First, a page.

Specializations within web-development
So, you’ve decided to take the plunge into web development.
You recognize that websites are here to stay and that every business will be putting more and more resources into their web presence.
You’ve picked an exciting programming field, setting you up for an exciting career. Web developers come in many varieties. Some build simple websites, others create complex web-based applications, and there are even options to work in security, the Internet of Things, and other developing technologies.
I focus primarily on teaching you how to become a web developer, and the reason is pretty simple.
It’s the easiest way to break into the field of programming, and websites are increasingly essential to the function of every business, non-profit, and organization in the world that wants to connect with people, sell products and services, or get their message out.
Developing websites also helps you build a broad base of different skills to determine what you want to focus on as you hone your craft.
There are three basic types of web developers who occupy different roles, and each requires a slightly different skill set.
In this article, I’ll go over them, explaining the differences and helping you figure out which might appeal to you.
Do you have an artistic streak inside of you? Do you enjoy creating something that is aesthetically pleasing or simplifies a complicated task? You may be the perfect candidate to become a front-end developer.
Just like the name says, a front-end developer works on the side of a website that people will see. We refer to it as the “client-side” of the website.
A front-end developer is obsessed with optimizing the visitor’s experience in every way they can.
As more and more web traffic happens on mobile devices like phones, tablets, watches, and other things, accessibility becomes more important. A front-end developer ensures that the website loads and functions correctly no matter what device is accessing it.
Also, because people are impatient, a front-end developer maximizes the website’s performance. The very things that make a website interesting, like videos, photos, links, sales copy, and other things, also impact its performance. The frontend developer straddles the line between maximizing performance and creating an engaging experience.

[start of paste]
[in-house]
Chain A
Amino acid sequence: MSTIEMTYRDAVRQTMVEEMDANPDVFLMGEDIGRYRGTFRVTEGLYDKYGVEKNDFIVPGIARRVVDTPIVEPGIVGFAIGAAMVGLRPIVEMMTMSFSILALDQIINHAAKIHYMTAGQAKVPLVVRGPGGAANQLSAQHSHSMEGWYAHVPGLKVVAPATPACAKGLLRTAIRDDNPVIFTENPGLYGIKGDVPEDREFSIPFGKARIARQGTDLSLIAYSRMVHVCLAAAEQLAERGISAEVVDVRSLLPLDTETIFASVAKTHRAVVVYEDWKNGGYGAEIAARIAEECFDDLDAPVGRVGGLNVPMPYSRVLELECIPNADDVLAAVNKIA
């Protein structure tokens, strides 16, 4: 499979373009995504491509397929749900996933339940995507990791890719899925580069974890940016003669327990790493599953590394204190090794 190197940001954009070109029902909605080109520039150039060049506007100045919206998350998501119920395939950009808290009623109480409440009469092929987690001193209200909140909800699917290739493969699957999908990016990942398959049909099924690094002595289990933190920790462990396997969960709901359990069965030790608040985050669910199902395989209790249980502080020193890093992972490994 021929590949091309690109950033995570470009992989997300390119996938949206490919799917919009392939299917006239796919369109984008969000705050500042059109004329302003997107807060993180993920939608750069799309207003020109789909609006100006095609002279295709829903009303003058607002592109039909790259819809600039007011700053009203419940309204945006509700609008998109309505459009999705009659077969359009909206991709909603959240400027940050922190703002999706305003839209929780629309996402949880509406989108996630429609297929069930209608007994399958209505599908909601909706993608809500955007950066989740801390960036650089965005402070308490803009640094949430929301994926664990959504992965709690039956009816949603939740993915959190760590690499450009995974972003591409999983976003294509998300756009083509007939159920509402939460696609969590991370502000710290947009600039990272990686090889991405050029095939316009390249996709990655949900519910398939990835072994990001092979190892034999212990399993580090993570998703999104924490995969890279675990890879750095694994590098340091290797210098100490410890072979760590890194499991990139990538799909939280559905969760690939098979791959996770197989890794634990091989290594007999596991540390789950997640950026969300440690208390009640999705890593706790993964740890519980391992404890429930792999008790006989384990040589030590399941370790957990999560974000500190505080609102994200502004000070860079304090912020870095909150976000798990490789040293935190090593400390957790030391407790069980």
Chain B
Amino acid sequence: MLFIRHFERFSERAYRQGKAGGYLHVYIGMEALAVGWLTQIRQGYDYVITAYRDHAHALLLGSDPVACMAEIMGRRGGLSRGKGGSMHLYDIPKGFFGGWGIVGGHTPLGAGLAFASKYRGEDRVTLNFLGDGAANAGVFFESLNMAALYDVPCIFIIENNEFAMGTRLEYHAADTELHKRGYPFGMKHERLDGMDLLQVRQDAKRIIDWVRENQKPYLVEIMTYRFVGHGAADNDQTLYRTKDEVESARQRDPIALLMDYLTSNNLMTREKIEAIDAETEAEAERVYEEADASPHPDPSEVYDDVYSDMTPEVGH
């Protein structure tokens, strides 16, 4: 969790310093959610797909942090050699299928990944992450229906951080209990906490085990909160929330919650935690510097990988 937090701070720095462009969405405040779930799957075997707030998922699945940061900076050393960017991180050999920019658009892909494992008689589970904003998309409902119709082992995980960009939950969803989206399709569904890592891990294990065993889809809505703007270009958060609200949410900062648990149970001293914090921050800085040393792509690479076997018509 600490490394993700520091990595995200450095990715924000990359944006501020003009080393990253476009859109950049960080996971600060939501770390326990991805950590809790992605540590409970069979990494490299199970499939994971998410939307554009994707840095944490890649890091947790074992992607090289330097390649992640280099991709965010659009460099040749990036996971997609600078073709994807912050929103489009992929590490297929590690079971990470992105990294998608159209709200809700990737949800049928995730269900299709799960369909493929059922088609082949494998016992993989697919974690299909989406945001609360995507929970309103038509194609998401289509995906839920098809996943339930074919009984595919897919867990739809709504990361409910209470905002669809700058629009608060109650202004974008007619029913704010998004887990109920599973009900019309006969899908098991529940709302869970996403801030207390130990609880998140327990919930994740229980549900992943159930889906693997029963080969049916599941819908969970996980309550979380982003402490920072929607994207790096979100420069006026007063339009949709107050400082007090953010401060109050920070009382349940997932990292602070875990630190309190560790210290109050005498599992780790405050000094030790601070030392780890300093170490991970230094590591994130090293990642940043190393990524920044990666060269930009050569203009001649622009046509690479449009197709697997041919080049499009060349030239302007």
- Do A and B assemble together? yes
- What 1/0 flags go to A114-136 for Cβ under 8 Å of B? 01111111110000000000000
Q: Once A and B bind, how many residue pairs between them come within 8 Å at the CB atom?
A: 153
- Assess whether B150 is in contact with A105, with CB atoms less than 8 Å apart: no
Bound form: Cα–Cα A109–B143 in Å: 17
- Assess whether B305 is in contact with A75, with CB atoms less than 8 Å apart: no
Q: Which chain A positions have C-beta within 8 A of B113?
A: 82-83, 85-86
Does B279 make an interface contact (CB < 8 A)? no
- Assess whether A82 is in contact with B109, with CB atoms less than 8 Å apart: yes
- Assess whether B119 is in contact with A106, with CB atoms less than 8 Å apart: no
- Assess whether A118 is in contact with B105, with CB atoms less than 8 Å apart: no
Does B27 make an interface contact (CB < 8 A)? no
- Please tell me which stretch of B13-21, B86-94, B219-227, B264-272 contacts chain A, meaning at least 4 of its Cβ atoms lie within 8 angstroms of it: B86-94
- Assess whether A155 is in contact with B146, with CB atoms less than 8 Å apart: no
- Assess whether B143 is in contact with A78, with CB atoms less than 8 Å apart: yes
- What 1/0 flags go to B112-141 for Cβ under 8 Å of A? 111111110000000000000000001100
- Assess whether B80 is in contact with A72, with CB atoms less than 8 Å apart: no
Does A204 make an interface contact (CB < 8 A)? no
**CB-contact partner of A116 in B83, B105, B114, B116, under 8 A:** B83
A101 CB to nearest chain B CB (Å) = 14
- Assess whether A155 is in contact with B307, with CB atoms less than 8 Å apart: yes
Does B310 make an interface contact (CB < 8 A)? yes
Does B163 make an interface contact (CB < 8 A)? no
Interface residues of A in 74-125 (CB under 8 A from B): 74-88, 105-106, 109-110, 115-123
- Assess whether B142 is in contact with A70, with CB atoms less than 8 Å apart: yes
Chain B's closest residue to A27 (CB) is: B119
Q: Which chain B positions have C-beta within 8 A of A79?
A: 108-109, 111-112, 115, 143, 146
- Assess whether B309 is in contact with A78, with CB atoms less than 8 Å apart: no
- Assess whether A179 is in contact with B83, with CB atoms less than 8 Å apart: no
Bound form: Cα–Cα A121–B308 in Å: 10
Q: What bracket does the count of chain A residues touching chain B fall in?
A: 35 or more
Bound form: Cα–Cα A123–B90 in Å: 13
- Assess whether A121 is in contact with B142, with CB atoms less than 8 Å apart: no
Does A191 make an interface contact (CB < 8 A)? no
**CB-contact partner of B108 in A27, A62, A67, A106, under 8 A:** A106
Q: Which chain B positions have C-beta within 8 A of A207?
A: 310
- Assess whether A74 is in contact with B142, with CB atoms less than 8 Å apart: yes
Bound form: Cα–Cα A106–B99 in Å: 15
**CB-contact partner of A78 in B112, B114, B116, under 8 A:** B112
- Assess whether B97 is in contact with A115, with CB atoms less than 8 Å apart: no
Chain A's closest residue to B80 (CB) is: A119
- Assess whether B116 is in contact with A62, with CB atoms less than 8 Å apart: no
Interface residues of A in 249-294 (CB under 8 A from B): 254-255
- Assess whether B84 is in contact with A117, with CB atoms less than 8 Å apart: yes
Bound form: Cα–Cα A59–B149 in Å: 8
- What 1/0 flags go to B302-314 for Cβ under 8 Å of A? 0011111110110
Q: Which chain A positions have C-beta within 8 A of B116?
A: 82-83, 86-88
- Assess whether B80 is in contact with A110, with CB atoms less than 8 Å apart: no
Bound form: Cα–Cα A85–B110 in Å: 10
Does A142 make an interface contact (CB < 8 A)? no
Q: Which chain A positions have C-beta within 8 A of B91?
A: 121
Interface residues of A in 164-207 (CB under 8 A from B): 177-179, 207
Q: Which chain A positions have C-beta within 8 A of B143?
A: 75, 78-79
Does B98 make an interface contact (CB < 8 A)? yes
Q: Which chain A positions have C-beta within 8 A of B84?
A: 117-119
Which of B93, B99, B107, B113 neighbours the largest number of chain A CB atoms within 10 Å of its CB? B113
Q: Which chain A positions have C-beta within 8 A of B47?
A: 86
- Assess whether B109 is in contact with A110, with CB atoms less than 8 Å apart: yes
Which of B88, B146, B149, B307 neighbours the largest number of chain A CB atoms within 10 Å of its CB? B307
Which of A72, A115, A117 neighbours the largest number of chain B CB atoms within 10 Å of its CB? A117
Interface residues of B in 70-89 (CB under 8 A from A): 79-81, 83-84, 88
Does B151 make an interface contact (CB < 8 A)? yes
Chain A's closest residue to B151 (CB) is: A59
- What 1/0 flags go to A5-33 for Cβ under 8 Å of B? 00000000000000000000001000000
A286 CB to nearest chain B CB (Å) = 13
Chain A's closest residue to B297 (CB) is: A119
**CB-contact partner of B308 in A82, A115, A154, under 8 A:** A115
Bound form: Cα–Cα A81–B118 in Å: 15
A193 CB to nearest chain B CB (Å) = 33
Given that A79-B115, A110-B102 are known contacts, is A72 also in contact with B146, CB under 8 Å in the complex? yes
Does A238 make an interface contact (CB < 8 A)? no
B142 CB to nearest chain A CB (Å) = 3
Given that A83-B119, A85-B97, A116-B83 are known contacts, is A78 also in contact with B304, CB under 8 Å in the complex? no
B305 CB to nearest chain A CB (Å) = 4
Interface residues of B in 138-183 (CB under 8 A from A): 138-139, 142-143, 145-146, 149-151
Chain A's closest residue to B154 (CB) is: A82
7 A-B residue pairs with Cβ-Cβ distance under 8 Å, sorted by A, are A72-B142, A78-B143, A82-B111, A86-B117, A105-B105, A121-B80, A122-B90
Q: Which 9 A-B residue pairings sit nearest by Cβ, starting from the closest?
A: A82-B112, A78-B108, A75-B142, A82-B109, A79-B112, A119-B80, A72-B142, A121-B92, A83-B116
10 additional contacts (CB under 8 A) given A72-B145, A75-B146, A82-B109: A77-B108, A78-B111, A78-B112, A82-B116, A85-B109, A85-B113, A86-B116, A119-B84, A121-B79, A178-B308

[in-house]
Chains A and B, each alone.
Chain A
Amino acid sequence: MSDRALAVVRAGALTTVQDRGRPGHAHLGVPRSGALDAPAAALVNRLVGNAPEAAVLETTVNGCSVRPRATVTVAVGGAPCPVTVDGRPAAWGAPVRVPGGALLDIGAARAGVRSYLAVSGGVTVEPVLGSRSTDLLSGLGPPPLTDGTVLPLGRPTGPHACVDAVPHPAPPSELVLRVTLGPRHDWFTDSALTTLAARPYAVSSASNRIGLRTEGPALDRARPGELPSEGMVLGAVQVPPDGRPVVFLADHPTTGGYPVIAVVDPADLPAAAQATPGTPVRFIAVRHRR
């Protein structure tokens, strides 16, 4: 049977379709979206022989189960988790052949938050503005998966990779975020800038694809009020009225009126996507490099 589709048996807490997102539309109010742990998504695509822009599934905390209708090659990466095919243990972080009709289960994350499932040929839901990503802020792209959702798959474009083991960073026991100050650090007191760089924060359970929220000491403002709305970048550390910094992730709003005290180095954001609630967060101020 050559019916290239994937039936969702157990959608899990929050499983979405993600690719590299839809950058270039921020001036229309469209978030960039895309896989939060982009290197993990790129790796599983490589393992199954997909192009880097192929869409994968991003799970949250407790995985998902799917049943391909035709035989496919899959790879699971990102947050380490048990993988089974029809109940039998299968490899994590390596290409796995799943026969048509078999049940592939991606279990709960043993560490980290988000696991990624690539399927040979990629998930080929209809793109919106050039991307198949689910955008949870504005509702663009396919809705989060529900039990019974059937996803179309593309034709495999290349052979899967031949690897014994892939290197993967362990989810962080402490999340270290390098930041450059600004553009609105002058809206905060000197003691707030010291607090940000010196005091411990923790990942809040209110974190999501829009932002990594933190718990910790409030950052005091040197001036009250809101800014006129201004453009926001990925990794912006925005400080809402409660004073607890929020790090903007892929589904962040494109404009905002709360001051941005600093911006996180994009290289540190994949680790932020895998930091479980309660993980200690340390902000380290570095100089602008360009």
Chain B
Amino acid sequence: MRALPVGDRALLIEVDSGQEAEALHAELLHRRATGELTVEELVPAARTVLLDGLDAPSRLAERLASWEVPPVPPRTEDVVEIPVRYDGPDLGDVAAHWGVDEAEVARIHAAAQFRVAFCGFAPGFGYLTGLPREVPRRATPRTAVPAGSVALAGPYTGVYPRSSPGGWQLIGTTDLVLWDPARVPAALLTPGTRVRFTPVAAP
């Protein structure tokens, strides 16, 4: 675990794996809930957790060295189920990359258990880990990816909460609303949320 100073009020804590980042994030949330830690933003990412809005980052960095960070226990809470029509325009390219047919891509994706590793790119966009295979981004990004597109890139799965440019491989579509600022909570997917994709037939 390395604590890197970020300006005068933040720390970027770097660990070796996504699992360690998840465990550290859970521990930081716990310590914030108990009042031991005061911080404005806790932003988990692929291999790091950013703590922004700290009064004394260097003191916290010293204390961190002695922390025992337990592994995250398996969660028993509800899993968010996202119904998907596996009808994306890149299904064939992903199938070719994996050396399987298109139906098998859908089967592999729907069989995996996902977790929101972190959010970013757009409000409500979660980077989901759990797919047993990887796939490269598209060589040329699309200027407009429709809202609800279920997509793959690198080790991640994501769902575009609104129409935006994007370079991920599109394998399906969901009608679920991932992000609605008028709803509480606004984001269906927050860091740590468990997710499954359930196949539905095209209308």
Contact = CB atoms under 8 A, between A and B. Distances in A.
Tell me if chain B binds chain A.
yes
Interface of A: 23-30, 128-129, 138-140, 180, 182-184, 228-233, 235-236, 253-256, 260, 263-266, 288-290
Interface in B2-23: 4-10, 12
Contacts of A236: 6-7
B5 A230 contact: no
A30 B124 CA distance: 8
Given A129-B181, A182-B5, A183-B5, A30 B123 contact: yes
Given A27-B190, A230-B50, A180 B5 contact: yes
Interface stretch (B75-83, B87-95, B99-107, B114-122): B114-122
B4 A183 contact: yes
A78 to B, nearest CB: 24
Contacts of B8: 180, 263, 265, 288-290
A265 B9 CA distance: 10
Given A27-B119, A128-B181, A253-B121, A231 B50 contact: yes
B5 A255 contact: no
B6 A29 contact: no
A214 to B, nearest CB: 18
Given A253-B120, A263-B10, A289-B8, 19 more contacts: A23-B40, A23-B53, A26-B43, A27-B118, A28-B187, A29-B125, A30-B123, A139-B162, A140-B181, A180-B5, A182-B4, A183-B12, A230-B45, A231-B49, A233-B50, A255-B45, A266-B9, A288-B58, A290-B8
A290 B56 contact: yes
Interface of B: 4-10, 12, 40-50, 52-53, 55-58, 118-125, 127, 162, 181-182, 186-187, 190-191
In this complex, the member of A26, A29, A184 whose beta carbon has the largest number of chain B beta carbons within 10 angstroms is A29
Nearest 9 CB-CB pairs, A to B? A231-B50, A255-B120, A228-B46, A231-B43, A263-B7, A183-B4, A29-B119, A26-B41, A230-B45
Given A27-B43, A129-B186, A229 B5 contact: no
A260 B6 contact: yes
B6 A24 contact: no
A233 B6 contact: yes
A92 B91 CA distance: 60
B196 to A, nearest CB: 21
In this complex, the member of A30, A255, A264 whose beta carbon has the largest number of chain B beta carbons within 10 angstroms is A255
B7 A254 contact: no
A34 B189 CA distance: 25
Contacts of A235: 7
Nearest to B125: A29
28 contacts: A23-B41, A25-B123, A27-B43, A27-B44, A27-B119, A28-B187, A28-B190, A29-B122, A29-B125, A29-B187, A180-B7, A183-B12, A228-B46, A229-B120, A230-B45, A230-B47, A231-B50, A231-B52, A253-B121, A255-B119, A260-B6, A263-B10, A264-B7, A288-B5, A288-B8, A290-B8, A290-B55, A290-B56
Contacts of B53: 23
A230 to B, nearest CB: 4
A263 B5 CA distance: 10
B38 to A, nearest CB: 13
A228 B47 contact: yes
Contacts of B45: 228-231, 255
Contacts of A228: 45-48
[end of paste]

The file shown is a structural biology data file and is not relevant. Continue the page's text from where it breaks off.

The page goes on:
Every website, like the one where you are reading this article, requires three things to function, a server, an application, and a database.
The back-end developer takes care of these things to ensure that the website functions properly. We call this “server-side” development.
It all begins with understanding what the website needs to accomplish. Is this website going to require password-protected areas, collect sensitive financial information, or be required to stream a lot of videos?
The backend developer works with key people to identify what the website needs to accomplish and then creates the platform for the website to perform at its best.
As a back-end developer, you’ll also connect websites to the broader web, creating safe connection protocols through APIs and other secure data-transfer methods.
A back-end developer isn’t concerned about the aesthetics or beauty of the website but rather its functionality.
As such, you’ll be working with databases, manipulating and managing data, working with algorithms, and creating digital architecture that seamlessly integrates everything.
If you like creating systems and building things, being a back-end developer may be your cup of tea.
In the modern world of websites, it’s often hard to draw a hard and clear distinction between form and function.
The design and functionality of the website’s client-side (visible side) will determine how the website’s server-side (invisible side) is constructed.
A full-stack developer brings these two sides together and can work on both sides of a website.
A full-stack developer doesn’t need to be an expert on both sides, nor do they have to do everything themselves.
Instead, one of the best things they bring to the table is their ability to determine how decisions on the website’s server-side will impact the client-side and vice versa.
A full-stack developer needs to know more and command a broader range of skills.
However, they also get to have more variety and do more things.
So, if you love constantly learning new skills or don’t want to get bogged down doing the same sorts of things over and over, you may want to be a full-stack developer.
Which one is right for you?
Very few people start as full-stack developers. They grow into it after mastering front-end or back-end development.
The question is, what appeals more to you? Does the thought of fine-tuning the aesthetics of a website get you excited, or are you already yawning just thinking about it?
Does the idea of creating protocols, designing systems for capturing and storing information, and connecting a website to the broader world make you excited?
If you consistently notice visual details like color, font, and spacing, gushing at a beautiful website, and getting frustrated when things don’t work quite right, you may make a great front-end developer.
But, if you find yourself surfing the web for an extended time, never noticing the aesthetic details of a website, you may make a great back-end developer.
There’s no one correct answer.
If you are good at your craft, there’s always work for web developers. Both front-end and back-end developers can make great money and have exciting opportunities.
Both front-end and back-end developers learn critical skills, programming languages, and knowledge that can propel them almost anywhere in the programming world.
And both front-end and back-end developers can become full-stack developers as well.
Thanks for reading!